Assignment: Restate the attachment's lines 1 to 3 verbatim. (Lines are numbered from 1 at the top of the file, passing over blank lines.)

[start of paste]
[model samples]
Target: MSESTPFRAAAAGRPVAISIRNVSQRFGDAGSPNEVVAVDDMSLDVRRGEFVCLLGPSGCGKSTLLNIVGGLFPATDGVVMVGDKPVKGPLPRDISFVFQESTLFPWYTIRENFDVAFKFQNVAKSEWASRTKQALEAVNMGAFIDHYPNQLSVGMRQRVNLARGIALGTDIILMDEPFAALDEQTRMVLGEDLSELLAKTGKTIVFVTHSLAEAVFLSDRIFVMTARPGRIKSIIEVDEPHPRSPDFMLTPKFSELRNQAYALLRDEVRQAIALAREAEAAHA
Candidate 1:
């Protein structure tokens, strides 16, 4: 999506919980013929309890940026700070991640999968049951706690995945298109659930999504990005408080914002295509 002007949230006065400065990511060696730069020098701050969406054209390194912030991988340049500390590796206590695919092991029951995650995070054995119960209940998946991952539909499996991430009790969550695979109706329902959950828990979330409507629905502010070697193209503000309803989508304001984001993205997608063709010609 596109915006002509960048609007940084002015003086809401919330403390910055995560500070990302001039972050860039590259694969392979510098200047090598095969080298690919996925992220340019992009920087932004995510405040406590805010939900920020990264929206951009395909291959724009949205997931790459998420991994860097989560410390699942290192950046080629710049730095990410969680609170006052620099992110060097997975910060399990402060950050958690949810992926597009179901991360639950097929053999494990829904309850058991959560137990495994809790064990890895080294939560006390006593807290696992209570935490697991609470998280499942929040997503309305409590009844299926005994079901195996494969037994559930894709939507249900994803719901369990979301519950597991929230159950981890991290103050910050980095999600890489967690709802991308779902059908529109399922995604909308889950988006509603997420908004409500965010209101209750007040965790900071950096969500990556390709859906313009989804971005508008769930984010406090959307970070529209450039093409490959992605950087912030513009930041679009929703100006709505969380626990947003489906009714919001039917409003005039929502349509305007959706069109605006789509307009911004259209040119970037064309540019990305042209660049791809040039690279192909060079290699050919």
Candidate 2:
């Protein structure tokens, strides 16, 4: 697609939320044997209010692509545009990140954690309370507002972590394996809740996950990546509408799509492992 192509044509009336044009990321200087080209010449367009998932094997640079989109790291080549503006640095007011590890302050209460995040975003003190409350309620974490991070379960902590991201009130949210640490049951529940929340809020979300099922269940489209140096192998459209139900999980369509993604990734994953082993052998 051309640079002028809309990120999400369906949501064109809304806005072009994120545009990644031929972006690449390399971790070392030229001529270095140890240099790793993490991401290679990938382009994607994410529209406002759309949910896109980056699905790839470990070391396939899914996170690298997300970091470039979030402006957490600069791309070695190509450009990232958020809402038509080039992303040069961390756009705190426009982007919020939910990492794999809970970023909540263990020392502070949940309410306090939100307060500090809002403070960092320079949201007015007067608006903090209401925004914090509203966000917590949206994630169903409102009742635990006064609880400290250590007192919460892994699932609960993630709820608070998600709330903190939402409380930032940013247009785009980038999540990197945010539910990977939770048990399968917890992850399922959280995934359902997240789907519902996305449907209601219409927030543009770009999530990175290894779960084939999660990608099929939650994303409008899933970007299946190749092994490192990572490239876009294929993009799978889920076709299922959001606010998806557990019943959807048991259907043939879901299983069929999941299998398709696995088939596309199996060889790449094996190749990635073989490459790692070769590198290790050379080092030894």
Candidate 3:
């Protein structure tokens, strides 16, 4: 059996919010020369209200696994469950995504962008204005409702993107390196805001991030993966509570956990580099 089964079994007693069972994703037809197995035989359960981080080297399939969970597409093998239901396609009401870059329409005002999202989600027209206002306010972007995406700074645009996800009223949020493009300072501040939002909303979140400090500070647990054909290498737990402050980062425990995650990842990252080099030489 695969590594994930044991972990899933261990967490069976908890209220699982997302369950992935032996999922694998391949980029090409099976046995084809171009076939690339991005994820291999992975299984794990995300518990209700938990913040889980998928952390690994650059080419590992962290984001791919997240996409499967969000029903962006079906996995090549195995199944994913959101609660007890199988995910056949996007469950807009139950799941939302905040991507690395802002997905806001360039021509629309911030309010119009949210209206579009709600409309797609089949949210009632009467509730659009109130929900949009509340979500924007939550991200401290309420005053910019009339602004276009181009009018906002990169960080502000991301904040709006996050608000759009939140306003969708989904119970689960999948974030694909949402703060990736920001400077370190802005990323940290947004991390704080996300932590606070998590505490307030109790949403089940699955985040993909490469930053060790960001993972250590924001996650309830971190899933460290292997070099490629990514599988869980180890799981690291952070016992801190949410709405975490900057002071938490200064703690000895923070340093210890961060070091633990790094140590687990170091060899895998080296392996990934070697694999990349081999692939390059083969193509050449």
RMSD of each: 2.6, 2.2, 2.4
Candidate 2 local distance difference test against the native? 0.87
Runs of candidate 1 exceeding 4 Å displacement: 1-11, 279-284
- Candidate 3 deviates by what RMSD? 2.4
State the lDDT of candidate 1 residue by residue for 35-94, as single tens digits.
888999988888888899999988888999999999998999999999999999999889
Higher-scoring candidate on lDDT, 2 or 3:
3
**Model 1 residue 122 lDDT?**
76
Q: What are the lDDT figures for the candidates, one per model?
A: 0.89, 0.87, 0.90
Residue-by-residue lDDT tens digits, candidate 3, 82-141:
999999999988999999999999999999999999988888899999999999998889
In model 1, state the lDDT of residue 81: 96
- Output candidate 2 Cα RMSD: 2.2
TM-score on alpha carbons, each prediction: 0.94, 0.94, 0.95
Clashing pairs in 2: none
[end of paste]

[model samples]
Target: MSESTPFRAAAAGRPVAISIRNVSQRFGDAGSPNEVVAVDDMSLDVRRGEFVCLLGPSGCGKSTLLNIVGGLFPATDGVVMVGDKPVKGPLPRDISFVFQESTLFPWYTIRENFDVAFKFQNVAKSEWASRTKQALEAVNMGAFIDHYPNQLSVGMRQRVNLARGIALGTDIILMDEPFAALDEQTRMVLGEDLSELLAKTGKTIVFVTHSLAEAVFLSDRIFVMTARPGRIKSIIEVDEPHPRSPDFMLTPKFSELRNQAYALLRDEVRQAIALAREAEAAHA
Candidate 1: